Stories about Digital Activism from February, 2022
While Putin’s voice might seem to represent the Russian discourse, he only speaks for himself. Russian people’s views on the situation in Ukraine and about Russia’s military attack vary widely.
See these examples of memes, photos, and videos on Instagram promoting electoral propaganda and violence as a means to create a Hindu state.
Coalition of global sports bodies wrote a letter to the Kenyan government expressing concern about Copyright Amendment Bill, noting it may make sports content less accessible.
Inside Russia, mainstream media have treated the crisis as a joke, reminded their audience of Russia’s position as a nuclear superpower, or stated that Putin does not know how to retreat from the situation.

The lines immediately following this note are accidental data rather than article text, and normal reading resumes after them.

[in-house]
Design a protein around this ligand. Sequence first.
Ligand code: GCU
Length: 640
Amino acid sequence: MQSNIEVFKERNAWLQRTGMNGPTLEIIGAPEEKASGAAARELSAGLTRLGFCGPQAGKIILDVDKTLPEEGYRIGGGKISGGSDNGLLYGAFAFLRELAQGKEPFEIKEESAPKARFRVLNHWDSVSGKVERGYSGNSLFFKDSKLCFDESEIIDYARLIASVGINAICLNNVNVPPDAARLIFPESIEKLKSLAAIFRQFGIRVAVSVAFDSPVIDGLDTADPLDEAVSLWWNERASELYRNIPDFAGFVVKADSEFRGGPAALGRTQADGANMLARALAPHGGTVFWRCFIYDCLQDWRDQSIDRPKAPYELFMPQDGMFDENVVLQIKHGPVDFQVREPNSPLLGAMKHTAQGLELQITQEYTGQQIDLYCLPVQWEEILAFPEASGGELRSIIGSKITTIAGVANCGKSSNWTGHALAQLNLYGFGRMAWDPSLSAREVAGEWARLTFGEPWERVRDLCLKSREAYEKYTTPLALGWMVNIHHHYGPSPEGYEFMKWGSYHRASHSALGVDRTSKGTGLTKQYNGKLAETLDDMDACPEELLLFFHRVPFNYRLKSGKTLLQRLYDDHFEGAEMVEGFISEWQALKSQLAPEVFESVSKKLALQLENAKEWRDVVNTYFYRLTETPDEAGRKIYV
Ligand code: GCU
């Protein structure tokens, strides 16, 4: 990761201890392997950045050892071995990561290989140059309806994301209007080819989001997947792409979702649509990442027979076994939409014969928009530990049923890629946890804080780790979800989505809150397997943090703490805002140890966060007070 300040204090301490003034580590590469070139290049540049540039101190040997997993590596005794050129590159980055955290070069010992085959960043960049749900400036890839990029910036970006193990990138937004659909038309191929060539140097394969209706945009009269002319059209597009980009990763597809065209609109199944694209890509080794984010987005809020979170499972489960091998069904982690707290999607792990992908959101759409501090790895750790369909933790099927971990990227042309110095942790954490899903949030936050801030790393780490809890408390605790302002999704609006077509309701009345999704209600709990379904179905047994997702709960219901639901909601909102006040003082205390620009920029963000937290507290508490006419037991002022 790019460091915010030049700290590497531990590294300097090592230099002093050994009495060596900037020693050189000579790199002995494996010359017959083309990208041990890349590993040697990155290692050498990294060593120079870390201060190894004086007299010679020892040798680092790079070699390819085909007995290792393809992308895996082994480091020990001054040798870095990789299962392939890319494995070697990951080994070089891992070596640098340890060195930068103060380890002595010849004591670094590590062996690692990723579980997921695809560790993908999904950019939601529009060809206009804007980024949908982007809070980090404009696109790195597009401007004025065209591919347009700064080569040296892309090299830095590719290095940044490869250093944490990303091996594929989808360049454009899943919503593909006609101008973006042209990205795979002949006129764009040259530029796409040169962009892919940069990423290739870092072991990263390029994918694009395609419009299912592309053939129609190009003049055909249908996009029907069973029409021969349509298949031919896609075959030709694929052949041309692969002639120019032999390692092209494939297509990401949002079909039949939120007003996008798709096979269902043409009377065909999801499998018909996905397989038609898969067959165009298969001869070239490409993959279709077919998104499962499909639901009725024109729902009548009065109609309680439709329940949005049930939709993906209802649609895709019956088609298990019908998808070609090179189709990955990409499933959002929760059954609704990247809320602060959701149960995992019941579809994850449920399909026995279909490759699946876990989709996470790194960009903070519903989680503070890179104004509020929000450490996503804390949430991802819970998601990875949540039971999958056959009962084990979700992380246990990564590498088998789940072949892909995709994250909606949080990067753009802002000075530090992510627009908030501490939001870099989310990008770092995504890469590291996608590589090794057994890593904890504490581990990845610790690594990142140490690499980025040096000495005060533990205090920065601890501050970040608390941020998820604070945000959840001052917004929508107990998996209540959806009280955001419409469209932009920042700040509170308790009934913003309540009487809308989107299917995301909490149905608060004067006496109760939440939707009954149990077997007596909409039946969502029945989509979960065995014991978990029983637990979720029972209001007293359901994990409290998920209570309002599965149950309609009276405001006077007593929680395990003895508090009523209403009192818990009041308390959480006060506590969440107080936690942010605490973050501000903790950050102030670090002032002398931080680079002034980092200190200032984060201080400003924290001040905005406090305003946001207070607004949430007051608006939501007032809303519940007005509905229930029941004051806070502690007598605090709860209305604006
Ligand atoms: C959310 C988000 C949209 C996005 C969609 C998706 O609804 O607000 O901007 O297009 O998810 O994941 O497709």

The film tells the story of how Navalny survived the August 2020 poisoning and then worked with his allies and Bellingcat investigators to piece together who was behind the attack.
A Bolivian radio project made education accessible to children stuck in their homes, without books, notebooks, information, or internet connection.
"It is important to raise awareness of the widespread use of cheapfake images and to acknowledge that some governments use the practice to influence people's opinions."
In a recent collaborative attack by unknown perpetrators, the Facebook profiles of several celebrities, journalists, media personalities and activists from Bangladesh were mysteriously turned into tribute profiles.
In Small Island Developing States like the Caribbean, which are at the receiving end of the worst impacts of climate change, wetlands are integral to the fight against global warming.
Wordle is a fun way to flex your brain, but the open-source code behind the free game has also been adapted to work in different languages, including indigenous ones.